November 30, 2015
By Michelle Leybman, PhD, Psychologist
You can’t save the damsel if she loves her distress. This profound statement was made by a client of mine. Don’t worry, she said she was ok with me using her wise words in this blog post and I’ve changed personal details to protect her identity. This client of mine had an eating disorder and was truly suffering with it. When people who cared about her would come to understand just how much she was suffering, their responses typically involved trying to help. Sometimes they would offer her rewards as incentives to change; “I’ll take you to a movie if you eat lunch today”. This occasionally got her to eat a meal, but it never led to any lasting change. She’d often get tips or advice on how she could change. “Have you thought about scheduling meals?” “Just stop weighing yourself!” and so forth. But she was a smart girl and was able to think of these solutions on her own. Knowing what to do wasn’t the problem. The real problem was that she was on the fence about whether she wanted to change or not. She found that when people tried to “motivate her” to change, she actually felt less motivated to do it. What she was telling me that day with her comment was that damsels, like most people, will usually do whatever they want to do, and trying to convince them to do something that they don’t want to do, usually doesn’t work.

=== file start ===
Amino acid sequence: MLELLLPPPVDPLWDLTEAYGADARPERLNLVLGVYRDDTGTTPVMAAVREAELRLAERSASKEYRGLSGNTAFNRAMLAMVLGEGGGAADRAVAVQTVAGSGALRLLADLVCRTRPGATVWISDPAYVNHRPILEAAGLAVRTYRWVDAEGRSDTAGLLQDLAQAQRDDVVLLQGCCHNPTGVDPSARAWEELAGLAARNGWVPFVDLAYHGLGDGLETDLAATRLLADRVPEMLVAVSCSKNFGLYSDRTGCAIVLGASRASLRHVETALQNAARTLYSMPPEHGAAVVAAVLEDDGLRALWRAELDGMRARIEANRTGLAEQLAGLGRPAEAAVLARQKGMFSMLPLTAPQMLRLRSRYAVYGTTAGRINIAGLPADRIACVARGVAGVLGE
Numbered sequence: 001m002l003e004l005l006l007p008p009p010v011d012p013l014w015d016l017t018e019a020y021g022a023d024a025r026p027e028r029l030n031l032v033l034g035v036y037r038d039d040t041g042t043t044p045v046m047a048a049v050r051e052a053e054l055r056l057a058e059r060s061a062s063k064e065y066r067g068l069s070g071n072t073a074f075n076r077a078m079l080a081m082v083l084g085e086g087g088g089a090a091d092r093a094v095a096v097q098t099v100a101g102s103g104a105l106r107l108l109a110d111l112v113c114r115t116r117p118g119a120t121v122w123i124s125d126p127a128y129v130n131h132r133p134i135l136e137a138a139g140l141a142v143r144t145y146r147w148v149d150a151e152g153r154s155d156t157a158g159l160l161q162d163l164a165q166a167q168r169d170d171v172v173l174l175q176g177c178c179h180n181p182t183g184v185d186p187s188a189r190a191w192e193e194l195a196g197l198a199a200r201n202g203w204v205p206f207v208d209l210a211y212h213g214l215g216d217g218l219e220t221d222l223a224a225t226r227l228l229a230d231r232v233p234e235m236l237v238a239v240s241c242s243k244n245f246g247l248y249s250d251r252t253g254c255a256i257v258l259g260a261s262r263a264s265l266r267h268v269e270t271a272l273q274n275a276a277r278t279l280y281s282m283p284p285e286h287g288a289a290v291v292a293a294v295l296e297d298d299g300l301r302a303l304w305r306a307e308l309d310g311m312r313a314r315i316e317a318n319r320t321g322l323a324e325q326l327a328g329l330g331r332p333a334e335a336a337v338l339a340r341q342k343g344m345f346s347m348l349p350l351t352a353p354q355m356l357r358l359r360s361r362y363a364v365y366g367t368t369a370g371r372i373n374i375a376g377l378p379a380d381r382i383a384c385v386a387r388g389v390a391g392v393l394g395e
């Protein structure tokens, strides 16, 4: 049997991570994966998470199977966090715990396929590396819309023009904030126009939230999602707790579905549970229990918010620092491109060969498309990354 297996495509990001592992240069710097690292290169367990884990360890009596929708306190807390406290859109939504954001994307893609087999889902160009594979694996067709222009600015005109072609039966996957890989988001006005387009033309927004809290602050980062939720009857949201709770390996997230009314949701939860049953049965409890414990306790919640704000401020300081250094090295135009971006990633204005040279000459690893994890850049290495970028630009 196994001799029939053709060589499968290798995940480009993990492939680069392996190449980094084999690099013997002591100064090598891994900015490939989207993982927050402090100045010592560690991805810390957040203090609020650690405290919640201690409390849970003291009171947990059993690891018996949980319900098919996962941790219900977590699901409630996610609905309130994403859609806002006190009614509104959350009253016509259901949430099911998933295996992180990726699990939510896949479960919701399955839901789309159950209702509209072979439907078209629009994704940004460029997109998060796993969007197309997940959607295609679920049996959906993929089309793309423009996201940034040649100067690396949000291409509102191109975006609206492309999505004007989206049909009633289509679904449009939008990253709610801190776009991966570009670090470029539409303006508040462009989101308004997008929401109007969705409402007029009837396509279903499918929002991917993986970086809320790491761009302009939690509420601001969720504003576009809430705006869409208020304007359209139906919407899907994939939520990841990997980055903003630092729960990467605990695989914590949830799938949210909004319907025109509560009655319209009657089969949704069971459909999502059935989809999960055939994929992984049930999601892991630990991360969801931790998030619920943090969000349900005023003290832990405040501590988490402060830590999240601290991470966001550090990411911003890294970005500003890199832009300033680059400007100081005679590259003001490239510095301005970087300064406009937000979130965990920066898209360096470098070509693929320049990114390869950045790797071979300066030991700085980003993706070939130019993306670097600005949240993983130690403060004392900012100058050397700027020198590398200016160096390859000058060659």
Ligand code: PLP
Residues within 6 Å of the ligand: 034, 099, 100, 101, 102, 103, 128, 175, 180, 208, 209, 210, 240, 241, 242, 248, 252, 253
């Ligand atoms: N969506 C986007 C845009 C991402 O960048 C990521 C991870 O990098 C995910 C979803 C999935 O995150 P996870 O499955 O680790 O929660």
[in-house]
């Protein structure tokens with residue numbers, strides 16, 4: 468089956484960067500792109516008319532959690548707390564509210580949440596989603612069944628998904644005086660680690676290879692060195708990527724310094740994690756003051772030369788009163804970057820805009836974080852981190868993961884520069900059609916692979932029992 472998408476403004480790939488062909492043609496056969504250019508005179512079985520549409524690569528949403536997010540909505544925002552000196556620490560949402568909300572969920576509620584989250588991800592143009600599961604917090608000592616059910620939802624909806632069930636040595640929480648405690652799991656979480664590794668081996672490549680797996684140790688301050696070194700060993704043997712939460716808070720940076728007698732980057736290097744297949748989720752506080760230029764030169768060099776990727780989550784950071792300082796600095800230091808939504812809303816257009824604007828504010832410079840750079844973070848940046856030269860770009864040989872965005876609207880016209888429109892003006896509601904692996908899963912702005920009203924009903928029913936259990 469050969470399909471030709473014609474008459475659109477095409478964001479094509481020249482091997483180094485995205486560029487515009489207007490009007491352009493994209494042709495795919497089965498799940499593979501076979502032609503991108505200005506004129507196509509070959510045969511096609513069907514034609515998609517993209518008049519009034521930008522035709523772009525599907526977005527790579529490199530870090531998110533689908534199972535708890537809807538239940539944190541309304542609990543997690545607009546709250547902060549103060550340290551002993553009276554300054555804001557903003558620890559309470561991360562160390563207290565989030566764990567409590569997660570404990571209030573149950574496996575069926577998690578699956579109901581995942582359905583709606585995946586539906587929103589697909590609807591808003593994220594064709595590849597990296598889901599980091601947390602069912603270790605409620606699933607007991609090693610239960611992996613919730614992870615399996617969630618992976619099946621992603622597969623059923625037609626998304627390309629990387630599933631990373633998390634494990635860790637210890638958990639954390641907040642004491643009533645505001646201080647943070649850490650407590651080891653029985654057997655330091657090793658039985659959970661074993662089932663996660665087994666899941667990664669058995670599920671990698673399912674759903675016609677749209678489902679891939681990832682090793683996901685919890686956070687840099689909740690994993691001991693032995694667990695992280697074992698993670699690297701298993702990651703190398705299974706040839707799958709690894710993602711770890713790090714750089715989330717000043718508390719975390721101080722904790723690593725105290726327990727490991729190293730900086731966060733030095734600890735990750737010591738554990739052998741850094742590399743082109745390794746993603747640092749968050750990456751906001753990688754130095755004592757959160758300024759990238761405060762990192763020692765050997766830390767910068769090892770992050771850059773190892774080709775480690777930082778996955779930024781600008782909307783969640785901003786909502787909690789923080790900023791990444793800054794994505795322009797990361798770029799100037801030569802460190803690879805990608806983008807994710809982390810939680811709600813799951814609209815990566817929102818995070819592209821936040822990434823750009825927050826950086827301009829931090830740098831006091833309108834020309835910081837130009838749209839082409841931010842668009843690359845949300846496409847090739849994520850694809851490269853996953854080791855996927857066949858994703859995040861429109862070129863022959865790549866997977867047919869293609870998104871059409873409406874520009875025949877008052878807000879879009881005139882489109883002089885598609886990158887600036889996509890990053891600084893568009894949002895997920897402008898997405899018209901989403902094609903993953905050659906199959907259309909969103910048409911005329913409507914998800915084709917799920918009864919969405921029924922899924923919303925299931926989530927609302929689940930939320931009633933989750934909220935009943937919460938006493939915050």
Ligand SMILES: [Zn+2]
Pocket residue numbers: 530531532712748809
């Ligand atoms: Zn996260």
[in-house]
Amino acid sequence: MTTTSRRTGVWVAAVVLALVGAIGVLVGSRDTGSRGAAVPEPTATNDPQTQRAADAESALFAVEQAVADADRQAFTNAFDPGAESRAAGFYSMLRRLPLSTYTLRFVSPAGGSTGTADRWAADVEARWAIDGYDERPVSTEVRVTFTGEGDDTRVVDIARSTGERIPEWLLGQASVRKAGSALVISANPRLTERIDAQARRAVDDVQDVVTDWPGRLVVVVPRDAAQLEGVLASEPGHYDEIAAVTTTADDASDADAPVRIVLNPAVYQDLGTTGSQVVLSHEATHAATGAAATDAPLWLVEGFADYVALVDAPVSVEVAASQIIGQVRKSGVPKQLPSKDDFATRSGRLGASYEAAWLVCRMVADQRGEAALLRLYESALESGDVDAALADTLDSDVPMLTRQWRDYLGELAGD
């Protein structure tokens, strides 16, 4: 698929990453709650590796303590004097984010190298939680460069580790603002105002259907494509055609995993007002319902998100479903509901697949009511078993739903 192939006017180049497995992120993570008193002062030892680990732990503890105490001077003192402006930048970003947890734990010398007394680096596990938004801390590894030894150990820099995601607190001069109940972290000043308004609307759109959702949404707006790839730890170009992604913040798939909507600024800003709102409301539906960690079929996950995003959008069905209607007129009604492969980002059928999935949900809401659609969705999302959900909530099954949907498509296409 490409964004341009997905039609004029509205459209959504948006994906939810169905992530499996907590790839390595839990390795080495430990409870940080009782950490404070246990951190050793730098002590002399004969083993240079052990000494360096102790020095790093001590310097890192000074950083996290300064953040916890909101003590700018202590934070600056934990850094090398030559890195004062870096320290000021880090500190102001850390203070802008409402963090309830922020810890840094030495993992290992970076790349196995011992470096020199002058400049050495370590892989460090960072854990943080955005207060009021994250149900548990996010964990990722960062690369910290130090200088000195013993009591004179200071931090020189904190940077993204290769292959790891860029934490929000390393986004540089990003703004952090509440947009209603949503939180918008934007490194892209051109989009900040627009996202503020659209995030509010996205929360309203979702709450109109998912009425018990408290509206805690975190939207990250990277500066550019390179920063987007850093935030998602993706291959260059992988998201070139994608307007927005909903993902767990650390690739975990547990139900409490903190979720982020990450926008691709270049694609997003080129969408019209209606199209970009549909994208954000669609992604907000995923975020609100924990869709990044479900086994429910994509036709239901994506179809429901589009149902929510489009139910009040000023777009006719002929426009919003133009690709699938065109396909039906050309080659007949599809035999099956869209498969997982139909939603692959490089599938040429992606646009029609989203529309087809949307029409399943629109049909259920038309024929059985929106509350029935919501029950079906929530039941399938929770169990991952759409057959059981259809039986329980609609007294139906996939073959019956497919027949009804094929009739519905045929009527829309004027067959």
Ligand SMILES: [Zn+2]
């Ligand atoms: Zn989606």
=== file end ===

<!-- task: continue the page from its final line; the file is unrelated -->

I’m sure that many people reading this can relate. Think about a time when you felt unsure about whether you wanted to change something in your life. It could be forming a new habit like going to Yoga more often, or stopping something you were already doing, like quitting smoking or getting out of a relationship that wasn’t working. Who were the most helpful people at that time? Was it the ones who pushed you the hardest? The ones who rewarded you somehow when you made small changes? The ones who made you feel just a bit guilty if you didn’t make the changes you originally set out to? Or was it the ones who were there to support you and talked to you about why you had wanted to make the change in the first place?
For most people, and in line with what a lot of science suggests, the last option listed – the one that meets someone where they are at and taps into their motivation from within – would feel the best and would be most conducive to long lasting change. Tying this to therapy, it’s like therapeutic skills and strategies are the car that will get you from A to B, but a person’s own motivation to change is the fuel. The car won’t drive without it. And, interestingly, the things that a lot of people do naturally to help motivate themselves or others can often end up actually undermining motivation and can lead to less change.
There is one theory that has shaped my thinking about motivation more than anything else. It’s called Self-Determination Theory (SDT; for a review see Ryan & Deci, 2000). SDT tells us that our motivation can either come from outside ourselves (extrinsic motivation) or can come from within (intrinsic motivation). What’s more, extrinsic motivation can take on different forms, and all this motivation can be placed on a continuum from completely external to completely internal (e.g., Deci & Ryan, 2000; 2008).